Earned Income Tax Credit^
Income Tax Rate: Graduated 1-7 percent
State EITC: No
Notes/News: Governor Mike Beebe and the Arkansas General Assembly have continued to reduce the state’s grocery tax as the preferred way to provide low-income tax relief. They cut the tax from 6 percent to 3 percent in 2007, and again down to 2 percent in 2009. Arkansas Advocates for Children and Families is encouraging the creation of a state EITC as a better, more targeted way to provide low-income tax relief.
On March 30, 2011, the Arkansas governor signed into law HB 1056, which creates a credit for Heads of Households with two or more dependents, thus exempting all families below the poverty line from paying state income taxes. This closes a loophole in legislation enacted in 2007 to ensure no working poor family had to pay state taxes.
Reports/Materials: Arkansas tax system should do more for working families, Arkansas Advocates for Children & Families, October 2013
Arkansas State & Local Taxes, from Who Pays? A Distributional Analysis of the Tax Systems in All 50 States, Institute on Taxation and Economic Policy, January 2013
8 Principles to Guide Tax and Budget Policy, Arkansas Advocates for Children & Families, January 2013
Fix the Low Income Tax Threshold Problem and Exempt All Low-Income Families from State Income Taxes (HB 1056), Arkansas Advocates for Children & Families, January 2011
Rabid Refunds: Refund Anticipation Loans and High Tax Preparation Fees Are Picking the Pockets of Arkansas’s Working Families, Arkansas Advocates for Children and Families, September 2009
Arkansas: State and Local Taxes in 2007, Institute on Taxation and Economic Policy, November 2009
A State EITC for Arkansas’s Working Families: Giving Credit Where It’s Long Overdue, Arkansas Advocates for Children and Families, March 2008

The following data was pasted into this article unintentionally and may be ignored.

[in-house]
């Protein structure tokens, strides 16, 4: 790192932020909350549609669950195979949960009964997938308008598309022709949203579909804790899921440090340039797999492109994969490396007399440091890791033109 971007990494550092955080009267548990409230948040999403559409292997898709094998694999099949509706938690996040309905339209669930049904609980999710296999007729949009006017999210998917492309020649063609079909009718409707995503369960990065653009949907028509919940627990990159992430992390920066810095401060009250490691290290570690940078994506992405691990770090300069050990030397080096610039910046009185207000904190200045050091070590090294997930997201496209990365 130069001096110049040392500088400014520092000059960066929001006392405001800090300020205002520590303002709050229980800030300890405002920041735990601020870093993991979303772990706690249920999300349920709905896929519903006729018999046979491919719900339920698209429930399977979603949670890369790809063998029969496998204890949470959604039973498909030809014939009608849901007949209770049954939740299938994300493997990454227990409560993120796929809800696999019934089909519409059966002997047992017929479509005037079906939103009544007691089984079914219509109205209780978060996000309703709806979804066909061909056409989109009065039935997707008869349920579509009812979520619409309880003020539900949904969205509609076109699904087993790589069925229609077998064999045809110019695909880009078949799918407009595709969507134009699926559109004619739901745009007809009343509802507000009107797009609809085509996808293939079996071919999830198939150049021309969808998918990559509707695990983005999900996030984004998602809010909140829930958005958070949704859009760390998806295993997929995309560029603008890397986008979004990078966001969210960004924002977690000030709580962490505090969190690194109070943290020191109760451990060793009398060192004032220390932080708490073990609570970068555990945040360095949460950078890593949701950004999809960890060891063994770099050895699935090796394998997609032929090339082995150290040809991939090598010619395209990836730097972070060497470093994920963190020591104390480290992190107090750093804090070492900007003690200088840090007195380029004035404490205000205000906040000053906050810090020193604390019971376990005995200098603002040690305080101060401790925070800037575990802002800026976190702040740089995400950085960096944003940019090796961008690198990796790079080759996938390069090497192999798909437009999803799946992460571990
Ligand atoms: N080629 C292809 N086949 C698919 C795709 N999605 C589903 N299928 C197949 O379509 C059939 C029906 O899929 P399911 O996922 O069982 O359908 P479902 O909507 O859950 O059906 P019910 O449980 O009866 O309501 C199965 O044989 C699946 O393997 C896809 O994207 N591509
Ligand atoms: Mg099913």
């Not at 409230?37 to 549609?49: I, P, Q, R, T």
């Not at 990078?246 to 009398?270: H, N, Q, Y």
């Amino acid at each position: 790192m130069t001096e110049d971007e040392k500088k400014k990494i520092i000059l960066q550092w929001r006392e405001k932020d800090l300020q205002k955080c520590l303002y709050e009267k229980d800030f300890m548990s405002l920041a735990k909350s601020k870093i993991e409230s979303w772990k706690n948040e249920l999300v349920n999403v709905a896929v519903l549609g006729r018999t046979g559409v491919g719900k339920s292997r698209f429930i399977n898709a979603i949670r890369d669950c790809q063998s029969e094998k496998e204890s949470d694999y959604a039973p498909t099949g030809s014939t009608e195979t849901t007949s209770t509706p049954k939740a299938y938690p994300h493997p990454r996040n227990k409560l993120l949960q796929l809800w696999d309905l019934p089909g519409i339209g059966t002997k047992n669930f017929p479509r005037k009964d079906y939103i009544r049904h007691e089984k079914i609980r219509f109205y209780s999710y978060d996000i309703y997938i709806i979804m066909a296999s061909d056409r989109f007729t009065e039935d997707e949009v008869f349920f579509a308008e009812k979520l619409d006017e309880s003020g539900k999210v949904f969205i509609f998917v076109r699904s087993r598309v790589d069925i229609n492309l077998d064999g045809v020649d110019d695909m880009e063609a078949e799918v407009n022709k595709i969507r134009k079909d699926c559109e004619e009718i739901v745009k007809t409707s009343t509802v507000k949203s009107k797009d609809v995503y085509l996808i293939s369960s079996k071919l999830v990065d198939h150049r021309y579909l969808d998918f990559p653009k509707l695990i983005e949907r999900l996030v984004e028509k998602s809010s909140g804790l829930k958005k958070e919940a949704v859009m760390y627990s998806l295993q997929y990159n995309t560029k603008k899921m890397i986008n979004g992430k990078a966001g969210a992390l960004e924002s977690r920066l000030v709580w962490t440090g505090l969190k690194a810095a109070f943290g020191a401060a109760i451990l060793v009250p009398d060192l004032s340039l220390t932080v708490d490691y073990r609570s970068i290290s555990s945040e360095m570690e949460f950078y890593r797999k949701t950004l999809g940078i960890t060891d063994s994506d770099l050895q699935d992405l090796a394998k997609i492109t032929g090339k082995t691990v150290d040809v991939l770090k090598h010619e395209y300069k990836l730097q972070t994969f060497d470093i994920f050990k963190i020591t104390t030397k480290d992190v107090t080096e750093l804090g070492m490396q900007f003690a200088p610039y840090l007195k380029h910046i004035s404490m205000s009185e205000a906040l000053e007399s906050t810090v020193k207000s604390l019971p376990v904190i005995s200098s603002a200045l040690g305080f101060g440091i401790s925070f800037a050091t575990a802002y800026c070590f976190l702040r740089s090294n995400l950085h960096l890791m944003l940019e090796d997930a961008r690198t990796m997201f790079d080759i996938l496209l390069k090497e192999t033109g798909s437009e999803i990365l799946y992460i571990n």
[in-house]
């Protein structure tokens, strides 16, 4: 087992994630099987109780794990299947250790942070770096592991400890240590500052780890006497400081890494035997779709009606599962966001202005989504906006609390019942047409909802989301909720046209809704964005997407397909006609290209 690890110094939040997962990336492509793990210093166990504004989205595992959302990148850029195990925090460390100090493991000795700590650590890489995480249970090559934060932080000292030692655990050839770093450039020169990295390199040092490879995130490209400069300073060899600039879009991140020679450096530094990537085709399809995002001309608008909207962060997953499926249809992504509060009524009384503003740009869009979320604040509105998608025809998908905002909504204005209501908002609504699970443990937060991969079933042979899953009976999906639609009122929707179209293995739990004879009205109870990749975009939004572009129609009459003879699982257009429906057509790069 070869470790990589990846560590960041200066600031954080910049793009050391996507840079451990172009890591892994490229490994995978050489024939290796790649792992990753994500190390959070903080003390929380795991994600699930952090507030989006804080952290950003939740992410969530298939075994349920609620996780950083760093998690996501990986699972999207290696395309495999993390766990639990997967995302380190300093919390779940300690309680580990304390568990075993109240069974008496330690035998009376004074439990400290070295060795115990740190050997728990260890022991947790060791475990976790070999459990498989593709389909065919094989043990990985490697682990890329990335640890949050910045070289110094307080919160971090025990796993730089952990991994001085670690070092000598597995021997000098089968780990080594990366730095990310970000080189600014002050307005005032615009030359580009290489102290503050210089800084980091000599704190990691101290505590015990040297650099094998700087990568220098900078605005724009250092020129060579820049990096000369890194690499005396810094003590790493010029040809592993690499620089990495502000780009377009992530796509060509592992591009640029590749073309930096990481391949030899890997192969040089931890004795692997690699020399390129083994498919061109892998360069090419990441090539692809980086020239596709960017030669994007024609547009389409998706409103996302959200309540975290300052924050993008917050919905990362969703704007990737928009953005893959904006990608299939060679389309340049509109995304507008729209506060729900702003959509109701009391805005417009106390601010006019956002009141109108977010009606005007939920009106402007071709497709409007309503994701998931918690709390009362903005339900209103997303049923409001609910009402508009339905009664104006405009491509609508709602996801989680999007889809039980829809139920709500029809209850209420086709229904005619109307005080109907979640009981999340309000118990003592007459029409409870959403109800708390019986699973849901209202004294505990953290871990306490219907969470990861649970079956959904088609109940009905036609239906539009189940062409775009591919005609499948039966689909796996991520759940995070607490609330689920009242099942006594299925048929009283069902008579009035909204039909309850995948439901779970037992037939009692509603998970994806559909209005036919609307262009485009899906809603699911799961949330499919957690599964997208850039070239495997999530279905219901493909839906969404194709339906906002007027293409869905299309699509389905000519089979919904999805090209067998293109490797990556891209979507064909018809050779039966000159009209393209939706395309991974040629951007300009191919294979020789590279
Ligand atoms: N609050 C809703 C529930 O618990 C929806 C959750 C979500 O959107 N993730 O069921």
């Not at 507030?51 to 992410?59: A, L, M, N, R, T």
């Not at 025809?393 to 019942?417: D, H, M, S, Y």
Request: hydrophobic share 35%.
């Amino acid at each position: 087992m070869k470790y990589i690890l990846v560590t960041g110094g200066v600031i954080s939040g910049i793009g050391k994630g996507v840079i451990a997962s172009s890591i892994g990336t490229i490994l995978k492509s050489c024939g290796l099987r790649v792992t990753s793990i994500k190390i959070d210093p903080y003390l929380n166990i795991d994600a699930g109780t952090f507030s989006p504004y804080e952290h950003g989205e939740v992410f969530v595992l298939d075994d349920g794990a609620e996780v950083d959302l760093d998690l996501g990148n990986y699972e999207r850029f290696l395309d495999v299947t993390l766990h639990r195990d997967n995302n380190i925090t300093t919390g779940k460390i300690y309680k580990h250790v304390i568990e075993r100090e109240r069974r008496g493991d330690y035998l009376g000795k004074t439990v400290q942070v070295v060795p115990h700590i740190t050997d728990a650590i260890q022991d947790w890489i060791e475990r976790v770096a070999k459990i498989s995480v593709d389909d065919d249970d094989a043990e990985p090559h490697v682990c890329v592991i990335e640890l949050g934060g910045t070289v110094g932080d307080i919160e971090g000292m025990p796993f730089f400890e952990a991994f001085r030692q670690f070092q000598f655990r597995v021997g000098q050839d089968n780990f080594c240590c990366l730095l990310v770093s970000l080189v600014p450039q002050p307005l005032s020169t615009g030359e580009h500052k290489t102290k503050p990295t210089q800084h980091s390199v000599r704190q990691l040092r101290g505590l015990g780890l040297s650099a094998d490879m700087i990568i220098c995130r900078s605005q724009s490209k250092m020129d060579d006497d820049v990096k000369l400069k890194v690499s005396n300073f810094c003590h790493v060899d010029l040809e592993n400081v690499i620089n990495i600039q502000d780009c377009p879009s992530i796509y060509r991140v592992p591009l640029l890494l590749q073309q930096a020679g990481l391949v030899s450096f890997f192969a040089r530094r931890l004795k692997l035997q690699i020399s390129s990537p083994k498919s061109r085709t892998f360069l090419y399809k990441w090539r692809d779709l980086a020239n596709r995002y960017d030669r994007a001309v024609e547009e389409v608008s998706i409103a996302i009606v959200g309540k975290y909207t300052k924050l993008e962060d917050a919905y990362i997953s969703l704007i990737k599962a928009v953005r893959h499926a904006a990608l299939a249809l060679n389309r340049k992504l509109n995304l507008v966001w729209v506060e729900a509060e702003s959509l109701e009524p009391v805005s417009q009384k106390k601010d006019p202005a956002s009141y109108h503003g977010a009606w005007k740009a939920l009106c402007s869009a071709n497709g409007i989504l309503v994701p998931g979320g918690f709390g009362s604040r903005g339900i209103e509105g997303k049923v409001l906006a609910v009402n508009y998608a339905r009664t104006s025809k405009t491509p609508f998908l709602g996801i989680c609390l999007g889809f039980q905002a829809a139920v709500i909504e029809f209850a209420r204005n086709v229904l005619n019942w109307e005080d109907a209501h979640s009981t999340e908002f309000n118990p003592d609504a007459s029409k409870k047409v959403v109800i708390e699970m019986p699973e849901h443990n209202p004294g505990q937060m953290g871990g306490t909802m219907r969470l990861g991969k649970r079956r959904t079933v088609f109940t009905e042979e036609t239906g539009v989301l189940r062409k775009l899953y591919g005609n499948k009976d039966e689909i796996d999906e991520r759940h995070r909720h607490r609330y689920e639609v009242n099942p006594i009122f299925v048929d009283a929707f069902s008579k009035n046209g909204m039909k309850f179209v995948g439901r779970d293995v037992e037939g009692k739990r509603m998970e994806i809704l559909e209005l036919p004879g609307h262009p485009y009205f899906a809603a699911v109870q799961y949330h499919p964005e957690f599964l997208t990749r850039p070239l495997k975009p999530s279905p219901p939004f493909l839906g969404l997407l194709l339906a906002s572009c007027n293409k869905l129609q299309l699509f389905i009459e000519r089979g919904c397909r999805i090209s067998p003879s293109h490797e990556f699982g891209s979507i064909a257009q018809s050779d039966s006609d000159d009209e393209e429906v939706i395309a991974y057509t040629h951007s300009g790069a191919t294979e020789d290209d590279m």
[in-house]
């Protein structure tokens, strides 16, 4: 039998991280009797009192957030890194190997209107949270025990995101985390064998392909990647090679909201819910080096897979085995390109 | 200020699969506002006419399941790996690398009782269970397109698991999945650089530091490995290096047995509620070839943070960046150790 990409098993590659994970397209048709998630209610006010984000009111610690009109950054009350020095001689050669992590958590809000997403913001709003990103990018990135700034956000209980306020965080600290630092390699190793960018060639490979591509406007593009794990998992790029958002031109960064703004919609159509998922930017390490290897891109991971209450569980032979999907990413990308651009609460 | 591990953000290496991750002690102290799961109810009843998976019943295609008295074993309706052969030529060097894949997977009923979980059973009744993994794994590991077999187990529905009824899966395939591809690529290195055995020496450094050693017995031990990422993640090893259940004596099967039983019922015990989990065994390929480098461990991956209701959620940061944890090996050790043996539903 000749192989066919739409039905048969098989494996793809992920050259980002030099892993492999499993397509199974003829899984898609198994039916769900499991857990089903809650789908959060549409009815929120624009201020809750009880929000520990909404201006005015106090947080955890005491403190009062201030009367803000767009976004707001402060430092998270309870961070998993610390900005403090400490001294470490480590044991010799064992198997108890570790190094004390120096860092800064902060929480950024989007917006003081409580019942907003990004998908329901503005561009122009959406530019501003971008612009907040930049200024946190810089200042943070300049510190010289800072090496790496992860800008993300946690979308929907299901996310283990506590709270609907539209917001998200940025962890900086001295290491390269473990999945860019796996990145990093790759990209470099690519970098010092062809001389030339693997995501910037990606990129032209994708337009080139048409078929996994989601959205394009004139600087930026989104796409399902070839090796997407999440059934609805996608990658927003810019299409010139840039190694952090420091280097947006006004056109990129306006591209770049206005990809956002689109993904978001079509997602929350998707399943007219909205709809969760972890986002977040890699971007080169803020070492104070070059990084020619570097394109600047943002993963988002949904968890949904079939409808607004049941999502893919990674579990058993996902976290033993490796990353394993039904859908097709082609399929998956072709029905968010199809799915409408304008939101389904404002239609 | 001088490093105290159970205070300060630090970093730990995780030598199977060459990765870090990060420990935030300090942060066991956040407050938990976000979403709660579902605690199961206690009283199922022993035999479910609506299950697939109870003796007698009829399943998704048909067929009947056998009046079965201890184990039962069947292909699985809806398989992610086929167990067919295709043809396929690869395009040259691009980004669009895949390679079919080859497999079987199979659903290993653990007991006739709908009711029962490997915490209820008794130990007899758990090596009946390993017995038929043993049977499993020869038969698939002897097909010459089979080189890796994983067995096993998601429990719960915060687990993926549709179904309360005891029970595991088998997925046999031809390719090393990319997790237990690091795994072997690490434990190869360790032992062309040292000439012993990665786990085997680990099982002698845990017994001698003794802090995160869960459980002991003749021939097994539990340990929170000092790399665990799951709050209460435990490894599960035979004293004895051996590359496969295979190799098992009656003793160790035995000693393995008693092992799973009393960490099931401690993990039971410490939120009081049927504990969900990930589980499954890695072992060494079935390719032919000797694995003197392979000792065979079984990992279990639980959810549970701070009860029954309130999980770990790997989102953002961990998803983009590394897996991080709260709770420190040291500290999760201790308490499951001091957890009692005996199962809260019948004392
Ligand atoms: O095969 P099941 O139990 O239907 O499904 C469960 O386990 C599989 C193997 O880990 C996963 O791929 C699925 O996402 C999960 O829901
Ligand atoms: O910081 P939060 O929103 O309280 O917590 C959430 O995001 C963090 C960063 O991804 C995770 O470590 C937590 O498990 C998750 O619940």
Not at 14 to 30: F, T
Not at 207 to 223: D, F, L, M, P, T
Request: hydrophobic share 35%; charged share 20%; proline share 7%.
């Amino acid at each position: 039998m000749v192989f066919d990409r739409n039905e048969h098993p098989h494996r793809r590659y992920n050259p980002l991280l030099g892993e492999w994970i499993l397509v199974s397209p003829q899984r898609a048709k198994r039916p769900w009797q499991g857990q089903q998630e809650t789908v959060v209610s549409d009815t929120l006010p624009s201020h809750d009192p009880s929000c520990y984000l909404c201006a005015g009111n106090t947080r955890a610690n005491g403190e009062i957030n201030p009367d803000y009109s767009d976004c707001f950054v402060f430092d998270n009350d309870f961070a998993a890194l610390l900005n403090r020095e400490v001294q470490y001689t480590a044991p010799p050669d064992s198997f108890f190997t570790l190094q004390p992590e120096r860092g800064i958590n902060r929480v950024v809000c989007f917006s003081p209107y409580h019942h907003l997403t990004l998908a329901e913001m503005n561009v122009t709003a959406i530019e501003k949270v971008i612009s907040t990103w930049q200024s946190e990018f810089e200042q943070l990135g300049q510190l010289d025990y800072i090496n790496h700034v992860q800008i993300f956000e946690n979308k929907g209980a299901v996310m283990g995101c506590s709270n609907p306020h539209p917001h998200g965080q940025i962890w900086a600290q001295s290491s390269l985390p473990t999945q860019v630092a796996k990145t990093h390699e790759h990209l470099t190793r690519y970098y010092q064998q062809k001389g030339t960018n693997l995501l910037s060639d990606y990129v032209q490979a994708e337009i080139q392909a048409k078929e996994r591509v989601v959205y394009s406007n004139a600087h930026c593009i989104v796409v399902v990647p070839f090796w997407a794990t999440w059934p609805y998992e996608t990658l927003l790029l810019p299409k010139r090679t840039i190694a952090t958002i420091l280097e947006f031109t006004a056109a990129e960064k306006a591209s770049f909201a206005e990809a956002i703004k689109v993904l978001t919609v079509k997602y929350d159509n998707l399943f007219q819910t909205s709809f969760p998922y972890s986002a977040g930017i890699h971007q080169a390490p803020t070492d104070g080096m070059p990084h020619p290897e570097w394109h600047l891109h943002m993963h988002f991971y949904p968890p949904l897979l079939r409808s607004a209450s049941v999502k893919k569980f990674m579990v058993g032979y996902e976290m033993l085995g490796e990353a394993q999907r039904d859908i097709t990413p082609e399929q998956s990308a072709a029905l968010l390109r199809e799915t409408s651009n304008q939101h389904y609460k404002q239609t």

Tax Relief for Low-Income Arkansans: What are the options?, Arkansas Advocates for Children and Families, January 2007
Is it Time for an Arkansas Earned Income Tax Credit?, Arkansas Advocates for Children and Families, December 2004
Articles: State Should Create Earned Income Tax Credit, Arkansas News, November 20, 2006
Report Tells Ways to Build State Up By Assisting the Poor, Michael Rowett, Arkansas Democrat-Gazette, September 13, 2003
Children’s Advocacy Group Holds Legislative Meetings, Melissa Nelson, The Associated Press, August 23, 2003
Child Tax Credit^
Child and Dependent Care Tax Credit^
State Credit: Yes
Tax Credit Eligibility: Same as federal child and dependent care credit eligibility1
Tax Credit Formula: 20 percent of the federal child and dependent care credit2
Notes/News: Taxpayers claim the credit by completing line 39 of form AR1000 and attaching a copy of their federal child and dependent care credit form.
The refundable credit is only available for care of a child under age six in an “approved child care facility.” Arkansas also has a nonrefundable credit of 20 percent of the federal CDCTC with the same maximum payments.
Property Tax Circuit Breaker^
Circuit Breaker: No
Reports/Materials: “Idea 9: Enact a Property Tax Circuit Breaker,” Sarah Beth Coffey and Alan Essig, Center for a Better South, Doing Better: Progressive Tax Reform for the American South, June 2006